by Leanne Ogasawara
Like clockwork, every year around the spring equinox, the ducks and egrets would return to the river in Tochigi. And sprigs of green grass would start sprouting in our lawn. This was when people started taking to the hills to pick mountain vegetables, herbs, and other wild foods. My son loved looking for ferns and fiddleheads. In Japan, this meant warabi (bracken fern), zenmai (osmund or cinnamon fern) and kogomi (ostrich fern). We enjoyed going “baby fern hunting.” The delicacies could be found along a trail a bike-ride away from our house. Like little coiled springs, the fiddleheads seemed waiting for just the right moment to unfurl.
Old like dragonflies, ferns once covered prehistoric forests. My son and I loved imagining ourselves wandering in a never-ending fern forest as gigantic dinosaurs soared in the skies above our heads. The mist-covered hill near our house, just waking up from winter was the home of fiddleheads, lilies and dogtooth violets. And there was an ancient shrine standing guard at the summit.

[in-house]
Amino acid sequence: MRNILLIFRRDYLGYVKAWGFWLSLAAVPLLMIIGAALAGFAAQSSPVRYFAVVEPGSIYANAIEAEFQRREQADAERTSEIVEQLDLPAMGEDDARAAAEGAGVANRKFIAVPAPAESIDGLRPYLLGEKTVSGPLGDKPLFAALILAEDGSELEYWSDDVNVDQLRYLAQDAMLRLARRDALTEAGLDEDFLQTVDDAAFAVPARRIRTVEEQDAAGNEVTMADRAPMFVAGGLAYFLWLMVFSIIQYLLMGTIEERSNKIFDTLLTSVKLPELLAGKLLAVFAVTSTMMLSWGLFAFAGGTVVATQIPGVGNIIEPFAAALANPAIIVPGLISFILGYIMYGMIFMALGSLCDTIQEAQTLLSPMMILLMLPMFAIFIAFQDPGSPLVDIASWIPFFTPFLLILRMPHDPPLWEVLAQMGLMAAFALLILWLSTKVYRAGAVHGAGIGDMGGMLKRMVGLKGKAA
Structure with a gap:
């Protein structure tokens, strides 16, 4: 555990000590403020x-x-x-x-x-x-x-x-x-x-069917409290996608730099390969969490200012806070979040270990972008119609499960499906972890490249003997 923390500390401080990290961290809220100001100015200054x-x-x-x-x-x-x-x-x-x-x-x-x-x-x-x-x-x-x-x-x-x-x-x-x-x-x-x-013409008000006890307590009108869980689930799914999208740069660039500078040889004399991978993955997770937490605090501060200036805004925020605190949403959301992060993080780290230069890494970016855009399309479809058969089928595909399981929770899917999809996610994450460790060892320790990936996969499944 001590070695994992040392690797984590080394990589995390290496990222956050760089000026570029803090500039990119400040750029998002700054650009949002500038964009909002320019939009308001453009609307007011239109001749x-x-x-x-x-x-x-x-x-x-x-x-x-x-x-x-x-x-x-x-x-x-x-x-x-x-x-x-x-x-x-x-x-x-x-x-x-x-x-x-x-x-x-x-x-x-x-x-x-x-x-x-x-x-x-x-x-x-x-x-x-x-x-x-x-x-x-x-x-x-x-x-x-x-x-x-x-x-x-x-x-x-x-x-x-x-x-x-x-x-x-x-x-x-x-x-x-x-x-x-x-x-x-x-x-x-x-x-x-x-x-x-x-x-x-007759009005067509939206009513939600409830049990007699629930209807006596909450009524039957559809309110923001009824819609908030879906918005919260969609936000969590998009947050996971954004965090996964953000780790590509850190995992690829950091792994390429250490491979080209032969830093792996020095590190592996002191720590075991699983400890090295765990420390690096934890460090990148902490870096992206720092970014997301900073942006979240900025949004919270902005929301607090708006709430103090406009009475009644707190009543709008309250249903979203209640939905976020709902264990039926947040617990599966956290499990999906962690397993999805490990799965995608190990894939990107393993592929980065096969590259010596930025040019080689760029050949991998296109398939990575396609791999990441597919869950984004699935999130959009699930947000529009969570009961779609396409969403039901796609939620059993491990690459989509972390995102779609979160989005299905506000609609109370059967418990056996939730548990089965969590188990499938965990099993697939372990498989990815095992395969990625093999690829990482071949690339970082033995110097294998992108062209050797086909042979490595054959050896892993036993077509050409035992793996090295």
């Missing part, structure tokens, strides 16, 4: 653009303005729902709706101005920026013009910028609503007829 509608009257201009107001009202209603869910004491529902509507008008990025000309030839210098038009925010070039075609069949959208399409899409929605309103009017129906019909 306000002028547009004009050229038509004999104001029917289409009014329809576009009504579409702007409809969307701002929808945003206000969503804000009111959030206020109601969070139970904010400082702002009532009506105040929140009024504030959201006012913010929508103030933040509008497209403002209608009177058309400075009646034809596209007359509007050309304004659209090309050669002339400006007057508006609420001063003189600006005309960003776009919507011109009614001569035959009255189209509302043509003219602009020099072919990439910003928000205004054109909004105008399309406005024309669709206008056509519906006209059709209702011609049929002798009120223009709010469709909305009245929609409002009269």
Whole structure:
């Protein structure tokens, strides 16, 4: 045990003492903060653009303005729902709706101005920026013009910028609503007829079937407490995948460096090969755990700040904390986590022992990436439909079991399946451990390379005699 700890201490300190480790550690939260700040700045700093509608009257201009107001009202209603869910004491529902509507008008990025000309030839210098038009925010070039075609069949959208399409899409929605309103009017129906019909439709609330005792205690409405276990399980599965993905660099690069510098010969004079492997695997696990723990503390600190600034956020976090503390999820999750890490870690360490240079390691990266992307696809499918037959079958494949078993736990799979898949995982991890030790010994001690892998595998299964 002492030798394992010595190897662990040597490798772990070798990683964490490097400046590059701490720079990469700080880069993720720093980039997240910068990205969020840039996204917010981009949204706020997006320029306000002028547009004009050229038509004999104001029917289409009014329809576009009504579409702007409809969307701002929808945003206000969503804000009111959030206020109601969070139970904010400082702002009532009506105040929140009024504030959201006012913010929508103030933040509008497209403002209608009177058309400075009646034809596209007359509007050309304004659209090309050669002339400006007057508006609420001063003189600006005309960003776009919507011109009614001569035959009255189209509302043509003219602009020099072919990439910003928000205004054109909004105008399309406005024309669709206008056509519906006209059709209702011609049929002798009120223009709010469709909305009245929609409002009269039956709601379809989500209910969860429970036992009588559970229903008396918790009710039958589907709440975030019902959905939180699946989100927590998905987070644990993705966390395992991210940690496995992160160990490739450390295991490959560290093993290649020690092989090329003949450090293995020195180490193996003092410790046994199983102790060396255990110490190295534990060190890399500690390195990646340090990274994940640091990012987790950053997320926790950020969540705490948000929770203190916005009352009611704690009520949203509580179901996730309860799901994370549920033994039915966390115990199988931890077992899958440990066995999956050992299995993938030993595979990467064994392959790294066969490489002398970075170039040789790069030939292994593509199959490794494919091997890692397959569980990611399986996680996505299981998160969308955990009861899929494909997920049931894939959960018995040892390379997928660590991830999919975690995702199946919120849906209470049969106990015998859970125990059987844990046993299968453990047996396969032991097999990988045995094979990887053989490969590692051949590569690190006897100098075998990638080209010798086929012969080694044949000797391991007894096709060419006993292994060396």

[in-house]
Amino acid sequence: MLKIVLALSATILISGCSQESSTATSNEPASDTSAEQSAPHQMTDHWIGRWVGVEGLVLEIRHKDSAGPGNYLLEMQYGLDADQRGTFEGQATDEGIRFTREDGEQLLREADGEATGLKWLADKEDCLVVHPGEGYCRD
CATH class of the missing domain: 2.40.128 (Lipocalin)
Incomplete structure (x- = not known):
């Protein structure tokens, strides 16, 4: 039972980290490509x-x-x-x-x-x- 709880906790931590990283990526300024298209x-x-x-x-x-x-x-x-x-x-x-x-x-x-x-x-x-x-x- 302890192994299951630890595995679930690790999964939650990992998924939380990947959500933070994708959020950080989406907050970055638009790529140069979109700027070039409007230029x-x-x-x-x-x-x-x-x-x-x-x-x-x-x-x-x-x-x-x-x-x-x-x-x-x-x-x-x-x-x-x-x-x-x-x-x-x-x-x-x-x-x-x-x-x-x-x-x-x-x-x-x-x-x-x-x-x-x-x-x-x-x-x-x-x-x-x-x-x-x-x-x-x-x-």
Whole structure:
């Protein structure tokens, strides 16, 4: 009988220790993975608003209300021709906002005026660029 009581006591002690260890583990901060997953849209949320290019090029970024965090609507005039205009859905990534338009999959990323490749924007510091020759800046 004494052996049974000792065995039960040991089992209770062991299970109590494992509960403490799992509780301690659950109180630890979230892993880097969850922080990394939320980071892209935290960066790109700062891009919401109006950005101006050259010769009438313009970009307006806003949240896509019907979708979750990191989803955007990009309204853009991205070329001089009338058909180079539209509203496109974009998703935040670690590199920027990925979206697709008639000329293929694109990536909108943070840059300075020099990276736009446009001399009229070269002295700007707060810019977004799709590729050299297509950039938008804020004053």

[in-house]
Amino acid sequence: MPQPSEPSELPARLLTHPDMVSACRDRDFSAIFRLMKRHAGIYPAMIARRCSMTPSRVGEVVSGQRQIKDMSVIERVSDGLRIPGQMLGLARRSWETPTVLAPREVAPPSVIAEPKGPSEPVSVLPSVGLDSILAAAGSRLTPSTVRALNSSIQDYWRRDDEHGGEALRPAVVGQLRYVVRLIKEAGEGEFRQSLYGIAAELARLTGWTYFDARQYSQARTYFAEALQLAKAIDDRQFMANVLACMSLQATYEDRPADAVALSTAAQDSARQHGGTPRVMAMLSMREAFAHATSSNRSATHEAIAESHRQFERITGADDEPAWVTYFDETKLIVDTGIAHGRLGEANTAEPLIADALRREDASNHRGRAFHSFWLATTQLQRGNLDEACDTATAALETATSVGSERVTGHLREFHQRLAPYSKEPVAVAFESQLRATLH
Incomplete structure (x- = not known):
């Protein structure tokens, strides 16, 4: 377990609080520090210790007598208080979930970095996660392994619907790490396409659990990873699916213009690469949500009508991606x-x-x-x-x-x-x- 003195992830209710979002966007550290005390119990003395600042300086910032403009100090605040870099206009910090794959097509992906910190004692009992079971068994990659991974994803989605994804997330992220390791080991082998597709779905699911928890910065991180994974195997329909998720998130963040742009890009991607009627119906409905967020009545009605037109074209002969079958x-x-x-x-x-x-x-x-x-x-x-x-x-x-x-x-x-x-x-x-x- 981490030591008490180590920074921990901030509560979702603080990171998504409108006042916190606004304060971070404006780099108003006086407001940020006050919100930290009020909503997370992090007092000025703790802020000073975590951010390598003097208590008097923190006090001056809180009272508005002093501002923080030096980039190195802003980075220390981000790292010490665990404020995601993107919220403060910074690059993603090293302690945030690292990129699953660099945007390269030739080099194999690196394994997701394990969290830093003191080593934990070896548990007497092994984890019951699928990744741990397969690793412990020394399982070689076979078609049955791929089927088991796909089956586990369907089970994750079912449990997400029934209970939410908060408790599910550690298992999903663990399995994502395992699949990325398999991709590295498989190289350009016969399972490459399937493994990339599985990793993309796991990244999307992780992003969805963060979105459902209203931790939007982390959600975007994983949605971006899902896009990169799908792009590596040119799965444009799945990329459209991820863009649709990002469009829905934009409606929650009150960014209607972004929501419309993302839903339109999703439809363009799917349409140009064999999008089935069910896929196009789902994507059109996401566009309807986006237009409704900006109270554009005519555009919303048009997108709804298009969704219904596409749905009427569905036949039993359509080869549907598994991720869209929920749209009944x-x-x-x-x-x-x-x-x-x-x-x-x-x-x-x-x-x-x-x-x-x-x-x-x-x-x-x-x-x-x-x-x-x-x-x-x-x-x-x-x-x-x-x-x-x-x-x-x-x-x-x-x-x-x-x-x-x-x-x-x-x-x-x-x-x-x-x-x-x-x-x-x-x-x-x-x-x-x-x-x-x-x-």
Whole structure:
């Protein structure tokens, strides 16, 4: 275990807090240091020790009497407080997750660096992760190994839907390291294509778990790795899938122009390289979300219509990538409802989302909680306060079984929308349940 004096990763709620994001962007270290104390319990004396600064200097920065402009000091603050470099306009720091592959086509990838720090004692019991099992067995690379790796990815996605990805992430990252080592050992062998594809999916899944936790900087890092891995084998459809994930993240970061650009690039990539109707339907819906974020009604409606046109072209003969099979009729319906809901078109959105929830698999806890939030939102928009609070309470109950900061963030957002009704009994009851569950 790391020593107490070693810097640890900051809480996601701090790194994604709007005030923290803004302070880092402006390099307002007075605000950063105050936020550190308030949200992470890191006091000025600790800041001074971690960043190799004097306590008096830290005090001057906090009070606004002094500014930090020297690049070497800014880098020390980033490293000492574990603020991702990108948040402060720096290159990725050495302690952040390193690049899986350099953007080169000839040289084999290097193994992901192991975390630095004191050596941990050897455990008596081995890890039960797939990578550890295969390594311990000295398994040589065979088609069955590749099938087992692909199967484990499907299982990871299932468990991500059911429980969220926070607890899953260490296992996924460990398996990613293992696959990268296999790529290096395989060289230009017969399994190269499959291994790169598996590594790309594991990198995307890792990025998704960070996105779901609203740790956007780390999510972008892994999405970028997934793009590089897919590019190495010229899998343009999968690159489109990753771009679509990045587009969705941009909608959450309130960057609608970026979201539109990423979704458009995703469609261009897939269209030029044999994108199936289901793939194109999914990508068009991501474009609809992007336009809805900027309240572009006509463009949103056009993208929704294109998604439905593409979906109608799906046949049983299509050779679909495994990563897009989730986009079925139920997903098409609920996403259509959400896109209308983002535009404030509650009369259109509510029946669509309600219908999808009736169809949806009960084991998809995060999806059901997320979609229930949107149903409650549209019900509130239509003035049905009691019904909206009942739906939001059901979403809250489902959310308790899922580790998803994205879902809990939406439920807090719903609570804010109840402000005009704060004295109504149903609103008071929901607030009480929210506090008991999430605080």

“Mountains smiling in early spring” –Borrowed like so many things from China, the poetic trope was made famous in Japan by the Northern Song painter Guo Xi, whose poem about mountains smiling and laughing in spring appeared in an poetry anthology in Japanese known as 漢詩集 「臥遊録」 Chinese Poetry Anthology Dream Journey Jottings:
“Mountains smiling in early spring” was an image much appreciated in Japanese haiku. After what must have felt like an unendingly long period of cold and depressing “mountains sleeping,” the mountains in March would seem to almost “spring” to life again.
笑= can mean smiling and/or laughing: oh, how this has tormented translators of Japanese and Chinese… Read more »